Find an exercise routine you love. Exercising will not only make you feel healthier, but it will improve your mental health and will make you feel more in control of your body. The trick to exercising is doing something you really love instead of feeling you’re exercising to compensate for your binges. Exercise should feel like fun, not torture.

  • Don’t do anything you hate. If you absolutely hate running, go walking or hiking instead.
  • Try a new activity, such as salsa dancing, Pilates, or volleyball. You’ll have fun doing something you really love, and will get healthier in the process.
  • Have a gym or exercise buddy. Having a friend to work out with will make your workout more fun and will make you feel more motivated.

Eat three healthy meals a day. This is the easiest way to prevent binges. If you go for half a day without eating, you will be much more likely to indulge in a binge. The key is finding a way to eat healthy foods that you do love, so your meals are nourishing and delicious, instead of feeling like you’re just making your way through a boring tasteless meal instead of eating what you really want. Keep healthy snacks around the house to eat in between meals.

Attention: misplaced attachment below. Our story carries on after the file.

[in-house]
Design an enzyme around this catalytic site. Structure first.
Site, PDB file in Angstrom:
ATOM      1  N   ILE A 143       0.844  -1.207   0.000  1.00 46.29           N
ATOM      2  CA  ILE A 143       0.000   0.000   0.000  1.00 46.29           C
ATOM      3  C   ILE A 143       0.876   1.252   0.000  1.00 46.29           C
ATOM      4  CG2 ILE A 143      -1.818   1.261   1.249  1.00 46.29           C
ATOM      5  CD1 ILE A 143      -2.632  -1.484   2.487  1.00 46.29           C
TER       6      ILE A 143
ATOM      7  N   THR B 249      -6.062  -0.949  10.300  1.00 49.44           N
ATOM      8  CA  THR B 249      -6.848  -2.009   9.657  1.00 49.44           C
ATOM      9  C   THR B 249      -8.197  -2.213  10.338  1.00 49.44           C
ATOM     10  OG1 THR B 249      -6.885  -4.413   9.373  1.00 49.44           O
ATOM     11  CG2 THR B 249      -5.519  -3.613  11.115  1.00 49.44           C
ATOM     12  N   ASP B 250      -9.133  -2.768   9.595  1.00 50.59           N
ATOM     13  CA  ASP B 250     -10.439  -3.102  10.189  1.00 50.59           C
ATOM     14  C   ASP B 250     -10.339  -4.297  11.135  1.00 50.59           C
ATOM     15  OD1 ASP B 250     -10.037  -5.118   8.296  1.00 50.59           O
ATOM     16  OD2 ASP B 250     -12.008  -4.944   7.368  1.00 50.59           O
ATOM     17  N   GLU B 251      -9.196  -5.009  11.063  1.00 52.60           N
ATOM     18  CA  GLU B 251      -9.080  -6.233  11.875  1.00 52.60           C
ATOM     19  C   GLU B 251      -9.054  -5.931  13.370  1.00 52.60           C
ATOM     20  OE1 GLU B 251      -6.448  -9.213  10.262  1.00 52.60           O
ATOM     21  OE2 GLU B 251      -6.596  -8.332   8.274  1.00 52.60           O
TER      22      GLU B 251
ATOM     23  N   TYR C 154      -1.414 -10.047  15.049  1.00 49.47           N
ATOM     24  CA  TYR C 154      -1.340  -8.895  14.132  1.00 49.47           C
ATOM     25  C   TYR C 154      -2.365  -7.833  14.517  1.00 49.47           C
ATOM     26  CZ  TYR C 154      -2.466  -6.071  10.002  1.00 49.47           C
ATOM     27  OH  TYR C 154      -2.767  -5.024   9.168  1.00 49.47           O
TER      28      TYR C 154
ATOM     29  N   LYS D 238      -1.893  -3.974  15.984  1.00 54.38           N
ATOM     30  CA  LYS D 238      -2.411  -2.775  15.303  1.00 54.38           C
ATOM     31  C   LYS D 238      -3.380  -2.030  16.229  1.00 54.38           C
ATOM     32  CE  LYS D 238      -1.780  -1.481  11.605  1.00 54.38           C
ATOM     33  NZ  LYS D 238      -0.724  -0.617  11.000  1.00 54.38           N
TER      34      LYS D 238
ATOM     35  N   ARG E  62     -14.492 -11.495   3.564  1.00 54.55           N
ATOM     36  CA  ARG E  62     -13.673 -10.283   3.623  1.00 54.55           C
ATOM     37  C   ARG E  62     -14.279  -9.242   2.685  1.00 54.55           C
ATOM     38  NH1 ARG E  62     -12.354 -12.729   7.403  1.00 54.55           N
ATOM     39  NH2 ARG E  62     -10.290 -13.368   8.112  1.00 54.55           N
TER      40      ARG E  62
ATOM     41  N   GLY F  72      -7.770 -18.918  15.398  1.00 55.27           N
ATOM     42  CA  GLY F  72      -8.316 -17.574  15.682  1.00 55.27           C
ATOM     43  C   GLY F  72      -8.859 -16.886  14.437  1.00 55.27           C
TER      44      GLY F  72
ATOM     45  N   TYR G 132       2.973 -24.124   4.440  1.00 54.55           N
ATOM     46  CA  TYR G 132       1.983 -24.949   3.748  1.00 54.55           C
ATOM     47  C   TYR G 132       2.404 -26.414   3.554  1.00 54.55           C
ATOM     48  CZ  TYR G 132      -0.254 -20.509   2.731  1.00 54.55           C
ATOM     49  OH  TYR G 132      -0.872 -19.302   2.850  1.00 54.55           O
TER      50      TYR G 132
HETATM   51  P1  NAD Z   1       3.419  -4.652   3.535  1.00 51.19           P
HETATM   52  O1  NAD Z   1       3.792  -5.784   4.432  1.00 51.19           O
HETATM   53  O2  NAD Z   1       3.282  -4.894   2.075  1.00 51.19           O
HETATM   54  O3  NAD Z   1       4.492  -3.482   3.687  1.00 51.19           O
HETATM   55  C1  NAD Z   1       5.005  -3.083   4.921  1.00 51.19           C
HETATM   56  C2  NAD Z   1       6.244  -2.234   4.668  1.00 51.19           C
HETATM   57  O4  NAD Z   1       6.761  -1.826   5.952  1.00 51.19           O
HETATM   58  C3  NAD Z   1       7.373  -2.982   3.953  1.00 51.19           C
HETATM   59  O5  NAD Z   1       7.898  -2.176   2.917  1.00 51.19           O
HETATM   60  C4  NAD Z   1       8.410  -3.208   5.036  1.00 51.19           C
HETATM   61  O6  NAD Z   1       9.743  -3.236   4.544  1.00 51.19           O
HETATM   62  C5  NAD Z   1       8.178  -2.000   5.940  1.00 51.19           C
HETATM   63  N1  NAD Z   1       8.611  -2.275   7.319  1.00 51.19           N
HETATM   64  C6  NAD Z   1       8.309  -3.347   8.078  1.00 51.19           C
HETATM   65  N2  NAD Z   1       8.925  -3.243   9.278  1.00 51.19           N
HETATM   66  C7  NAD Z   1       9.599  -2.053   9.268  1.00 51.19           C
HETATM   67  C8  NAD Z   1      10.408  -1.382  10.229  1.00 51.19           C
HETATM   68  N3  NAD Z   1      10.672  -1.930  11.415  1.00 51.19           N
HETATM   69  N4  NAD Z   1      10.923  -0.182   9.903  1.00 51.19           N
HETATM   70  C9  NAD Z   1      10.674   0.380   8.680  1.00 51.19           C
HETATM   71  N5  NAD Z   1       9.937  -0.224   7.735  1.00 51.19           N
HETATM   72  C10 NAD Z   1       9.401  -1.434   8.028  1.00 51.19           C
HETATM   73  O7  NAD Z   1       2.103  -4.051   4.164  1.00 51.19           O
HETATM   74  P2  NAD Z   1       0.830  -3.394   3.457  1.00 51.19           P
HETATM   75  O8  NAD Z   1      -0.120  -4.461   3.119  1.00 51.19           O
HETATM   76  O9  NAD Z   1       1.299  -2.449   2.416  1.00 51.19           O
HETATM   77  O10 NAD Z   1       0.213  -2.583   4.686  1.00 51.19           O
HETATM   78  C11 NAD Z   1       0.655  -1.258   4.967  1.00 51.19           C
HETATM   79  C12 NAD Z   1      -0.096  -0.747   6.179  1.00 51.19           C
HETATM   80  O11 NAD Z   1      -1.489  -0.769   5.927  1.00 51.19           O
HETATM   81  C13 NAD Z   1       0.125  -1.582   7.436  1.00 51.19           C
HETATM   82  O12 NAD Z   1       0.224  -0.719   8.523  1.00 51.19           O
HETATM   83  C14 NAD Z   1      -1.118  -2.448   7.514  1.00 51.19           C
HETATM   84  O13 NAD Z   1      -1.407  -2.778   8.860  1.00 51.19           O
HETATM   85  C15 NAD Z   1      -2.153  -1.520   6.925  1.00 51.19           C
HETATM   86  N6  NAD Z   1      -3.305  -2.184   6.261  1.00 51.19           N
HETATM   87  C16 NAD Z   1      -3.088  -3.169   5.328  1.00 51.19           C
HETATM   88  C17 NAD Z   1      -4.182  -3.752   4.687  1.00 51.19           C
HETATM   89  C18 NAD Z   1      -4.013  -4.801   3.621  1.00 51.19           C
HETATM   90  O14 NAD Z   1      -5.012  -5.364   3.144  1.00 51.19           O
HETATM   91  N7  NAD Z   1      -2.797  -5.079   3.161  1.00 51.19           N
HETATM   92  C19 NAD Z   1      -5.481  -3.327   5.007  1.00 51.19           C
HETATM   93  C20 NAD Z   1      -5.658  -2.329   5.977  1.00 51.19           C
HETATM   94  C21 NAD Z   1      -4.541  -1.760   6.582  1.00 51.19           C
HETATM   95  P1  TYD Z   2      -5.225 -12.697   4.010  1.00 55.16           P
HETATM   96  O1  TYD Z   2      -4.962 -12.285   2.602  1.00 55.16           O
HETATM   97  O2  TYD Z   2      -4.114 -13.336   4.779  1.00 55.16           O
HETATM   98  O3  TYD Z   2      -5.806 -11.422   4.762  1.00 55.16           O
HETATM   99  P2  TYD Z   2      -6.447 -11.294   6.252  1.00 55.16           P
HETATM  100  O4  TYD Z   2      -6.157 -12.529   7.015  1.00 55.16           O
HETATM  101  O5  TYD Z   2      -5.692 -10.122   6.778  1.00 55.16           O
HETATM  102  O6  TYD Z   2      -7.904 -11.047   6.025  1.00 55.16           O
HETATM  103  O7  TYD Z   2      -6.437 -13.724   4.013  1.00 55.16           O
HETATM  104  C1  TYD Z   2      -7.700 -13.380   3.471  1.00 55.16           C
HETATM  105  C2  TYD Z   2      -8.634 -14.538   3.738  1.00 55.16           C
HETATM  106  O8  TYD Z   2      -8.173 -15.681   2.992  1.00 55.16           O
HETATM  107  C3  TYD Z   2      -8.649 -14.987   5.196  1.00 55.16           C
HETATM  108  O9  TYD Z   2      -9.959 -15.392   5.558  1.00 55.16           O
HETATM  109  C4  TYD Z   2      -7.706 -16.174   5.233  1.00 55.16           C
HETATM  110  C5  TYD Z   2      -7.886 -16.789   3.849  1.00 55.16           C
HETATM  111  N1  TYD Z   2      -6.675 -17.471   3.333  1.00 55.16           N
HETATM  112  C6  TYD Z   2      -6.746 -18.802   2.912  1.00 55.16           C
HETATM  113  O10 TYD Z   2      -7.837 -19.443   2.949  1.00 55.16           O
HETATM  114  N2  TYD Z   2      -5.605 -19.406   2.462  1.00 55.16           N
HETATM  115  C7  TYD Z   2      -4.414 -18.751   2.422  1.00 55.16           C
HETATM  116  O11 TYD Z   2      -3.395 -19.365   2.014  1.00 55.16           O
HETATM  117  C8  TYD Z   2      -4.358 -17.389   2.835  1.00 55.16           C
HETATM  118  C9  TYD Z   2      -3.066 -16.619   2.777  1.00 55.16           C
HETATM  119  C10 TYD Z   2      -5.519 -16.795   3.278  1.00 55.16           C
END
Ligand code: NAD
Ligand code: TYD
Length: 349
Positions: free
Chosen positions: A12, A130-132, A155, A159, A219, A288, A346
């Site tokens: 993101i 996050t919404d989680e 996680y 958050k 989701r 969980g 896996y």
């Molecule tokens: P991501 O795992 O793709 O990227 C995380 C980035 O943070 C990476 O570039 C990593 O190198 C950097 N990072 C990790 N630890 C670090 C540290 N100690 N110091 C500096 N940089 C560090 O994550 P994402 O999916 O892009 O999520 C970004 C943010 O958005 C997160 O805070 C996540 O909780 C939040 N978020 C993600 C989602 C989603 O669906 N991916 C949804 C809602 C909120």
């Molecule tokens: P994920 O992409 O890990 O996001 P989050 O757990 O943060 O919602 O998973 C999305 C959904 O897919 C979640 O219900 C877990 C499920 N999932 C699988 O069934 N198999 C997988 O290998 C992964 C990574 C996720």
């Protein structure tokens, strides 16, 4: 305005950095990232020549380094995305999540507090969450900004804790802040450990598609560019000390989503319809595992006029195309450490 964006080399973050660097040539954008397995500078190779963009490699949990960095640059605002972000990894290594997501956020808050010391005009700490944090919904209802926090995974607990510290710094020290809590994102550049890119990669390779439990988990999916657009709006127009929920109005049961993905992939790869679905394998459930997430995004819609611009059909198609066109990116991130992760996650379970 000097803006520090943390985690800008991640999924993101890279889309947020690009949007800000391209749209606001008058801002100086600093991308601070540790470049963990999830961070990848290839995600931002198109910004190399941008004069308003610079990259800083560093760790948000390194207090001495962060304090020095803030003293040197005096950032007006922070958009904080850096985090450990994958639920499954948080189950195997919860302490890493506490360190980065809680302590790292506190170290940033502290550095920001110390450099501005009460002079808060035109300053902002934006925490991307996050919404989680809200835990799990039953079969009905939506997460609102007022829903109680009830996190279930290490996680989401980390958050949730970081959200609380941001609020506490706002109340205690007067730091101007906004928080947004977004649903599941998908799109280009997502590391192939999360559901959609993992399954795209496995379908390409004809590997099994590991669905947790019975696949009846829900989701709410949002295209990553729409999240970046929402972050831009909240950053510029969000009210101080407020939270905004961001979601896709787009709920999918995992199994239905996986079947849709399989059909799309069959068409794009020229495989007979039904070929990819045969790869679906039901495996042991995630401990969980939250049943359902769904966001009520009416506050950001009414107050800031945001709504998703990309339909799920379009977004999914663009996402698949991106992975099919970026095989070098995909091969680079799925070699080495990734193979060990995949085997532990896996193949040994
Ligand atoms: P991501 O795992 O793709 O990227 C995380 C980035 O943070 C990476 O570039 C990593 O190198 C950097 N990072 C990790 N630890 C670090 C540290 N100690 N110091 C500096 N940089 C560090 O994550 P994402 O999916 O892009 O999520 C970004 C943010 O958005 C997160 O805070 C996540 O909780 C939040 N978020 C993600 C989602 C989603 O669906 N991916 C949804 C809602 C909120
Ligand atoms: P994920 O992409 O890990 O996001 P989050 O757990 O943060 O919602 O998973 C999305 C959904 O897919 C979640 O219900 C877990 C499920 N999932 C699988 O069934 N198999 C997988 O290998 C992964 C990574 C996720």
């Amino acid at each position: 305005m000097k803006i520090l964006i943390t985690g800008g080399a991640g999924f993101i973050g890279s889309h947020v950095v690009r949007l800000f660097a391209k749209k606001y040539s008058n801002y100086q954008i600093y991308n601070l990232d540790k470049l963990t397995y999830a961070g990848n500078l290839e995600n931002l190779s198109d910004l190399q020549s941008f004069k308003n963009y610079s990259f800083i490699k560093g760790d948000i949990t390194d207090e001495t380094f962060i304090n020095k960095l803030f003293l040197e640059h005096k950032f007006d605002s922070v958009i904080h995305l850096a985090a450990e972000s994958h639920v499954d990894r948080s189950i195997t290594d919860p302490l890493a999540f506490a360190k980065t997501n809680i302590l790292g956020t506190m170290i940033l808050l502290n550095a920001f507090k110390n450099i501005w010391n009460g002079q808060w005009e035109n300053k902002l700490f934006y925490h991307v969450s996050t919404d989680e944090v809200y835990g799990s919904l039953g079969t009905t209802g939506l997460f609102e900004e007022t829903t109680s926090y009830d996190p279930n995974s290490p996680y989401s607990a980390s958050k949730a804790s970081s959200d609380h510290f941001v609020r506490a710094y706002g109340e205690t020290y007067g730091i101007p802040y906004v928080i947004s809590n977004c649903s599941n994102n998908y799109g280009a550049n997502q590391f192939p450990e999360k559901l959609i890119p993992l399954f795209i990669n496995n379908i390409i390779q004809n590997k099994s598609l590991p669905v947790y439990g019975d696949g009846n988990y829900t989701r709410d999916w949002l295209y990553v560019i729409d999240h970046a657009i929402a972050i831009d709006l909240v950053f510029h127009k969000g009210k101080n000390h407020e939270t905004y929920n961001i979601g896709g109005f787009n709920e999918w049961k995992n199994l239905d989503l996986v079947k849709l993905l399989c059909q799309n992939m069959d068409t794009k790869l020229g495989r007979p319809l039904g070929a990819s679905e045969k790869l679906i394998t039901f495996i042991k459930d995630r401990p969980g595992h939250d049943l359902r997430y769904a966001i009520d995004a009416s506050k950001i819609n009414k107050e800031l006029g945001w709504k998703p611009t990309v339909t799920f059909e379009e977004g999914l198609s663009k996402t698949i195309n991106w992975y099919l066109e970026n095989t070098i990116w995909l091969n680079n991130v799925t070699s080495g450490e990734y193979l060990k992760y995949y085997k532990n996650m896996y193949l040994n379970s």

• Give yourself at least 20-25 minutes to eat each meal. This may seem like a long time, but it will prevent you from not feeling when your body’s truly full.
  • Eat your meals and snacks on smaller plates with smaller forks or spoons.
  • Each meal should have a distinct start and stop. Don’t graze for twenty minutes while you’re cooking your dinner, or snack while you’re cleaning up.